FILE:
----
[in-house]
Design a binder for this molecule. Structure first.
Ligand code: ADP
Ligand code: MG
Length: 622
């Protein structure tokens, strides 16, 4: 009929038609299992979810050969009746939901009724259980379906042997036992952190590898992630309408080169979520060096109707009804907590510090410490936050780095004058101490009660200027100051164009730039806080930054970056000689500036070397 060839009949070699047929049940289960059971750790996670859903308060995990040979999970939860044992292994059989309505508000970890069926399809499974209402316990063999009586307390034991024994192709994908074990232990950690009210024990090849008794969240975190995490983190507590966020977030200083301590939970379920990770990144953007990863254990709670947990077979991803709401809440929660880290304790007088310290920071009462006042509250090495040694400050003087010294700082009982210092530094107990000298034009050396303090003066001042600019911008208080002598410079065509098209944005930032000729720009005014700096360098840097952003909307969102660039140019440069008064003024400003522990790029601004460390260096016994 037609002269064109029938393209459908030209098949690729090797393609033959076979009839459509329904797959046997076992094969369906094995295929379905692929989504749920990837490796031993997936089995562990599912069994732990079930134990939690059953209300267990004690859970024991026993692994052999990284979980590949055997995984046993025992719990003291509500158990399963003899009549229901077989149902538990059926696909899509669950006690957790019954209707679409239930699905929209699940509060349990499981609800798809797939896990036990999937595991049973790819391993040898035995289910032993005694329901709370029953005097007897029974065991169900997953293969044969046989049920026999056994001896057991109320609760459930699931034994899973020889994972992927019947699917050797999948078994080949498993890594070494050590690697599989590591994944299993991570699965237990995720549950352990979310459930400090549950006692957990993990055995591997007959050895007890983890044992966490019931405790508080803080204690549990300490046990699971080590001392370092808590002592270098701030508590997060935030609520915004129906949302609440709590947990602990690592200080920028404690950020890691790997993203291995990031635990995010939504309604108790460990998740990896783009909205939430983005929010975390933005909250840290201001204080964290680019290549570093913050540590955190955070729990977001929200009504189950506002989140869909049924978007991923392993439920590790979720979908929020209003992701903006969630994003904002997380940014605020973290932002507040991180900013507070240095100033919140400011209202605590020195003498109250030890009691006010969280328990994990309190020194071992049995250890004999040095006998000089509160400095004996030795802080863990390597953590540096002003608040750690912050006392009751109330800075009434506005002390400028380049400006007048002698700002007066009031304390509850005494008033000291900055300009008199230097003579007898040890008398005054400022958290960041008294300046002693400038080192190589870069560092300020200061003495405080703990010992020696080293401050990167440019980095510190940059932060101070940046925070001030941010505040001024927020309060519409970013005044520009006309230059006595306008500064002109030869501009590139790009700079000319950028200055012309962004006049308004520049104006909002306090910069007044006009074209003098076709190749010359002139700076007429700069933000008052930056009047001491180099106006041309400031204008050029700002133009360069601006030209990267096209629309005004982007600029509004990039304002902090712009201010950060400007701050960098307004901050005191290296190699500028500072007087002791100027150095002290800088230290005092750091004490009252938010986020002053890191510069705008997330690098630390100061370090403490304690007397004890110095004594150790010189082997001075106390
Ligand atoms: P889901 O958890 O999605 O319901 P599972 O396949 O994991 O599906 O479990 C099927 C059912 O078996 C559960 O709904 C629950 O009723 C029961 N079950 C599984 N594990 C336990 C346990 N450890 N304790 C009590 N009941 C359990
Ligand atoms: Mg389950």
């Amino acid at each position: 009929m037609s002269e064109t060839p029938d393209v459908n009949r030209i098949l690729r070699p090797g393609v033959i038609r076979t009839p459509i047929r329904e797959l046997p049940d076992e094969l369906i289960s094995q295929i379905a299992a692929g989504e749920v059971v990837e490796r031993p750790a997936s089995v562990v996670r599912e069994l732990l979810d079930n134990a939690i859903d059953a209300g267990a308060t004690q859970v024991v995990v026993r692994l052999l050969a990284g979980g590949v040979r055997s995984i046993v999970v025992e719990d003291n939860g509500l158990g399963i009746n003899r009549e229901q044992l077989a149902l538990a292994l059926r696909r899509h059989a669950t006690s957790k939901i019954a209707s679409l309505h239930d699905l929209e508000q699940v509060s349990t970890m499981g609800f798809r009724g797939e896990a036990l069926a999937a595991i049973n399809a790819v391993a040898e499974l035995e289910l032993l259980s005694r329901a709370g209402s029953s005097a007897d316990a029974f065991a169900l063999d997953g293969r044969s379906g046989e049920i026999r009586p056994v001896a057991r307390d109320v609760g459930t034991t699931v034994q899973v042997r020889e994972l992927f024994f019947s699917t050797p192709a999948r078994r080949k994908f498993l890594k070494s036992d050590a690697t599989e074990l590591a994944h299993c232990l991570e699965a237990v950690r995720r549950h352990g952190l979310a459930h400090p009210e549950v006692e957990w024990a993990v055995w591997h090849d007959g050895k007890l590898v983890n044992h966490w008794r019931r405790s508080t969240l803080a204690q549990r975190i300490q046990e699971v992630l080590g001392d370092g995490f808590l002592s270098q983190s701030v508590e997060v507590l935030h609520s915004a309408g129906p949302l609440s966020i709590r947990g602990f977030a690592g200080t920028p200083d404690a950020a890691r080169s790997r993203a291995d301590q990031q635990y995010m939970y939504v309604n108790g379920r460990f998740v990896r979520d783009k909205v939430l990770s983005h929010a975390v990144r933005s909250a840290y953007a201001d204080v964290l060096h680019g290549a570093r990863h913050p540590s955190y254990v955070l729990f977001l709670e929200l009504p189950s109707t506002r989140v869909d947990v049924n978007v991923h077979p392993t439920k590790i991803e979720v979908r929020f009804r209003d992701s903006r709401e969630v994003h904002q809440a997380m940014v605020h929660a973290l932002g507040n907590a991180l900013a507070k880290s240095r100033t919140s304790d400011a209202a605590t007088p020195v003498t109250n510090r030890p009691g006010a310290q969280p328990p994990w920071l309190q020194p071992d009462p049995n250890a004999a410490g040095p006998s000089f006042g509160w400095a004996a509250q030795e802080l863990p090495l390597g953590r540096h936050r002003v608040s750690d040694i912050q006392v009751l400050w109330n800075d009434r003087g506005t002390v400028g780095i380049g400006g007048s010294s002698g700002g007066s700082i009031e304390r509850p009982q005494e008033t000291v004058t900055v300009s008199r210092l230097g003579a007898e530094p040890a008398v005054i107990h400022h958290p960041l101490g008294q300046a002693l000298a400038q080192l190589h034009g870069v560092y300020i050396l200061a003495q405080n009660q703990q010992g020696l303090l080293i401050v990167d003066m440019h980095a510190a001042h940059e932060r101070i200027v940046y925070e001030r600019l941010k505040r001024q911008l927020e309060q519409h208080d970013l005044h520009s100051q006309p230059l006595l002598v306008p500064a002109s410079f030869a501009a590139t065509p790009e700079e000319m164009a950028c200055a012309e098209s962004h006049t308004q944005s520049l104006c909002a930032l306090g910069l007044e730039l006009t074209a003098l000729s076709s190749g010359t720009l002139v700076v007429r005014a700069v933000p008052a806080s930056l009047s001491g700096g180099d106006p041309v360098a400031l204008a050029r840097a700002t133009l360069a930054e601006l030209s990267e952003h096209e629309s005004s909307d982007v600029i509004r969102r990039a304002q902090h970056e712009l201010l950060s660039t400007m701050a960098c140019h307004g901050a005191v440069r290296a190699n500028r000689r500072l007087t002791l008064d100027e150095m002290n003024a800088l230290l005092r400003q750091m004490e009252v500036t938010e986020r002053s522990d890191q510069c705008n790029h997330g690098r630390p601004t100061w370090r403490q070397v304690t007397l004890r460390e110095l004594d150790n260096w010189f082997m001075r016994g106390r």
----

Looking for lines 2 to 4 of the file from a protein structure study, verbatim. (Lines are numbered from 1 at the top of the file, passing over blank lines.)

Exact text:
Design a binder for this molecule. Structure first.
Ligand code: ADP
Ligand code: MG